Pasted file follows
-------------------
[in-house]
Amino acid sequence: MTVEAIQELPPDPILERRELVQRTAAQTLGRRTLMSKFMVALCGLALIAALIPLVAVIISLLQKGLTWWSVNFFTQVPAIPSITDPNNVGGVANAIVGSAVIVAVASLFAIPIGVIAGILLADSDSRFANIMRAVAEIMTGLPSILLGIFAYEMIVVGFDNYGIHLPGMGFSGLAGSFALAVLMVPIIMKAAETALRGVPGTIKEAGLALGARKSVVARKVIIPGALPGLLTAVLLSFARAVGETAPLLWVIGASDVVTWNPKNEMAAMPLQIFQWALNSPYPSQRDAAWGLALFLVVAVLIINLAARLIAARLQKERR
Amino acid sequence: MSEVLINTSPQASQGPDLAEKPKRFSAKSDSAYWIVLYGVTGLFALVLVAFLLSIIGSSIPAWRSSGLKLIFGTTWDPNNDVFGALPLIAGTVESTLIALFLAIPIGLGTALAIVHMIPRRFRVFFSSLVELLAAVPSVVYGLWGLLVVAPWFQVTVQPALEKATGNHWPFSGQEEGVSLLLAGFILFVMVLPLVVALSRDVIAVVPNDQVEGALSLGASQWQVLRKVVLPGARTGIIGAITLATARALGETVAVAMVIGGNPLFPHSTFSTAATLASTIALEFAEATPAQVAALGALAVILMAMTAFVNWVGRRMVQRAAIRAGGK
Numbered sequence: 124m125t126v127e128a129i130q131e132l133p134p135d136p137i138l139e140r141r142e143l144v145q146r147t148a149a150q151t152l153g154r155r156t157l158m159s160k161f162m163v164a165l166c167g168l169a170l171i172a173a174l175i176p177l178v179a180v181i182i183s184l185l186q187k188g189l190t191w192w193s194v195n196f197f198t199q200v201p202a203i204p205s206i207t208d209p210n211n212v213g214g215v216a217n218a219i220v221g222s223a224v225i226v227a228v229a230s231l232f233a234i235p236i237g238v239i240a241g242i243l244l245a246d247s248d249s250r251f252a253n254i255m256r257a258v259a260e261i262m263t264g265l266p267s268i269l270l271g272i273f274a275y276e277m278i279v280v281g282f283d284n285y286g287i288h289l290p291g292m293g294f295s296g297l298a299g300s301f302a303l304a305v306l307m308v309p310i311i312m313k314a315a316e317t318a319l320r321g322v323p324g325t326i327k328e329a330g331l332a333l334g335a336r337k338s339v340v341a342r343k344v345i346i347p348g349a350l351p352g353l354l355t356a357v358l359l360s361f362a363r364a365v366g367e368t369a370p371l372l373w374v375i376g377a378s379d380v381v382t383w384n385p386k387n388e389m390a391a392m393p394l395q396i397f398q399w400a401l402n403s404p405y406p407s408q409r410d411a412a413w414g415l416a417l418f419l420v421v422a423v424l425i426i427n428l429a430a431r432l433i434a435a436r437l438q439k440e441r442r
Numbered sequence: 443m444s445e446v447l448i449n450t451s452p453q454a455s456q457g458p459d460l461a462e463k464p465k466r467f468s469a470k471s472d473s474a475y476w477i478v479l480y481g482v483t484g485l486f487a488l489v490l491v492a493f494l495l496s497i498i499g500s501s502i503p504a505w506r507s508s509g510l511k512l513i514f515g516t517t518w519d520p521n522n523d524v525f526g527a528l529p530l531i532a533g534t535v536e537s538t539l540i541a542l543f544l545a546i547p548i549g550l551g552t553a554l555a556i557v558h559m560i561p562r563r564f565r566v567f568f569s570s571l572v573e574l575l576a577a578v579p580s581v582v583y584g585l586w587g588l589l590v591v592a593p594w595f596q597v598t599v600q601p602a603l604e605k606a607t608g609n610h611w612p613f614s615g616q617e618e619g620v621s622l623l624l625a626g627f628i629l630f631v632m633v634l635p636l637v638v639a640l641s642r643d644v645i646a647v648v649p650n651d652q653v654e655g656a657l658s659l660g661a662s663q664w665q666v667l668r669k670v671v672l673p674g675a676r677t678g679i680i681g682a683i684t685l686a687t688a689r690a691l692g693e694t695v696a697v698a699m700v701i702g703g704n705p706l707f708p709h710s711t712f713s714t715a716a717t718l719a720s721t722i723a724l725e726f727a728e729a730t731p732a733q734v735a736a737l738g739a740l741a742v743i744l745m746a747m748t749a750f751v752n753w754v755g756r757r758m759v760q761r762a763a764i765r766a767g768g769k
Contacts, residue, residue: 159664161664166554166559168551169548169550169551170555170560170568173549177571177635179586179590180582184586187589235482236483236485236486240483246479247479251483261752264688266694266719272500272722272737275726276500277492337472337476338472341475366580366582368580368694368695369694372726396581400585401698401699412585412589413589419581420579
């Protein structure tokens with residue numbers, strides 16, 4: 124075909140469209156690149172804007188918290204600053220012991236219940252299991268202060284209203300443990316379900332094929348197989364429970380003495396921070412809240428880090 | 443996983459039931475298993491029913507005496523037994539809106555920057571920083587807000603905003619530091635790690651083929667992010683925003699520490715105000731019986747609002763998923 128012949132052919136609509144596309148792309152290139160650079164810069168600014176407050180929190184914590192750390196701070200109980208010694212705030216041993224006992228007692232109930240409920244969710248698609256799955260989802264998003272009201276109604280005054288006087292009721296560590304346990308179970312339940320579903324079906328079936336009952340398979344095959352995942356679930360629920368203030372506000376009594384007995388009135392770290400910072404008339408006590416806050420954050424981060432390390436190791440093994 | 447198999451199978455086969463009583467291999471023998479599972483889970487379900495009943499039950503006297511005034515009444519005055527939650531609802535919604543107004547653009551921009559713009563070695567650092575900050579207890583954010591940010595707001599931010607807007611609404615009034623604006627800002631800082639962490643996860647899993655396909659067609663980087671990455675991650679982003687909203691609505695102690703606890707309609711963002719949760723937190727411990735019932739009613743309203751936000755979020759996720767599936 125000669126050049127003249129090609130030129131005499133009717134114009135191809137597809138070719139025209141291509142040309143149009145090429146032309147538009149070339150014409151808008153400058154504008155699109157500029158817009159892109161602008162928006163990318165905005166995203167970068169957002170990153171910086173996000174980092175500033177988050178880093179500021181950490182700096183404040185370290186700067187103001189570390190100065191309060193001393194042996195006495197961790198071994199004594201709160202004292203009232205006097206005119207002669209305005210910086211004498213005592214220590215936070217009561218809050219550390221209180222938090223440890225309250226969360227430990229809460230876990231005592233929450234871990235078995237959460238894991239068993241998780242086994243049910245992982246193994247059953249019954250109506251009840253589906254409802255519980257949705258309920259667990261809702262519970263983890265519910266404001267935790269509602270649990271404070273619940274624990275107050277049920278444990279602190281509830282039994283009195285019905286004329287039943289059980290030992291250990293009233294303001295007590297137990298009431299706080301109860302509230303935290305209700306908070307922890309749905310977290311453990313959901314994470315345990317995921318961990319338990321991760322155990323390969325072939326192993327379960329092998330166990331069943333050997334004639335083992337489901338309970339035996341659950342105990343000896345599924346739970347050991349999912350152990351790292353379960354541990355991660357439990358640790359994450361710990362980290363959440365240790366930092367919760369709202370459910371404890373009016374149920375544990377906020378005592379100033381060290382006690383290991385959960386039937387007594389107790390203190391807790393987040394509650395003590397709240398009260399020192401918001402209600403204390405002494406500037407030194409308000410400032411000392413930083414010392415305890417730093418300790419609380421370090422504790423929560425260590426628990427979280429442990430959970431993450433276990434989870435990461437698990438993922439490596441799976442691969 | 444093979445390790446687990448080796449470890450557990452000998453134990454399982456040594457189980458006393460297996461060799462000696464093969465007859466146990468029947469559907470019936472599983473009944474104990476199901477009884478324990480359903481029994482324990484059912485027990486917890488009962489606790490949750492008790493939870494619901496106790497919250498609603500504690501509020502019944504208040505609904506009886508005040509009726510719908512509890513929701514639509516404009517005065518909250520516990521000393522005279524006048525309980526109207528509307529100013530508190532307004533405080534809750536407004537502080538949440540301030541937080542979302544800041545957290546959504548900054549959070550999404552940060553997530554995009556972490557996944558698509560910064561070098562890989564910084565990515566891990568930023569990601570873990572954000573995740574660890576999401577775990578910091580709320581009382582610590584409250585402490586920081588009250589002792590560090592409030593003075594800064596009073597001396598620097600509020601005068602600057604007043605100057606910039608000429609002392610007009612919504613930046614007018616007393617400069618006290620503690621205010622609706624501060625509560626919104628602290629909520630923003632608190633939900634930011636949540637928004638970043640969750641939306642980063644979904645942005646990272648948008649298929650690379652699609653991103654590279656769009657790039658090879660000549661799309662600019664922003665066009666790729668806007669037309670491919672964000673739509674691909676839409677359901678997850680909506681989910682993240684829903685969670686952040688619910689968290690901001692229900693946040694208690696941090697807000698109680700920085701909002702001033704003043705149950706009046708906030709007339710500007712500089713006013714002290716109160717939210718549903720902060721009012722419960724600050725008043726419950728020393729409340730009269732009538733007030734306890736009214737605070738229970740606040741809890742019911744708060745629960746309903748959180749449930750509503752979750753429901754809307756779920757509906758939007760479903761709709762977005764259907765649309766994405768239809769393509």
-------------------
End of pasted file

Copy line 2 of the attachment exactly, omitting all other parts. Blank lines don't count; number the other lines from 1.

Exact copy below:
Amino acid sequence: MTVEAIQELPPDPILERRELVQRTAAQTLGRRTLMSKFMVALCGLALIAALIPLVAVIISLLQKGLTWWSVNFFTQVPAIPSITDPNNVGGVANAIVGSAVIVAVASLFAIPIGVIAGILLADSDSRFANIMRAVAEIMTGLPSILLGIFAYEMIVVGFDNYGIHLPGMGFSGLAGSFALAVLMVPIIMKAAETALRGVPGTIKEAGLALGARKSVVARKVIIPGALPGLLTAVLLSFARAVGETAPLLWVIGASDVVTWNPKNEMAAMPLQIFQWALNSPYPSQRDAAWGLALFLVVAVLIINLAARLIAARLQKERR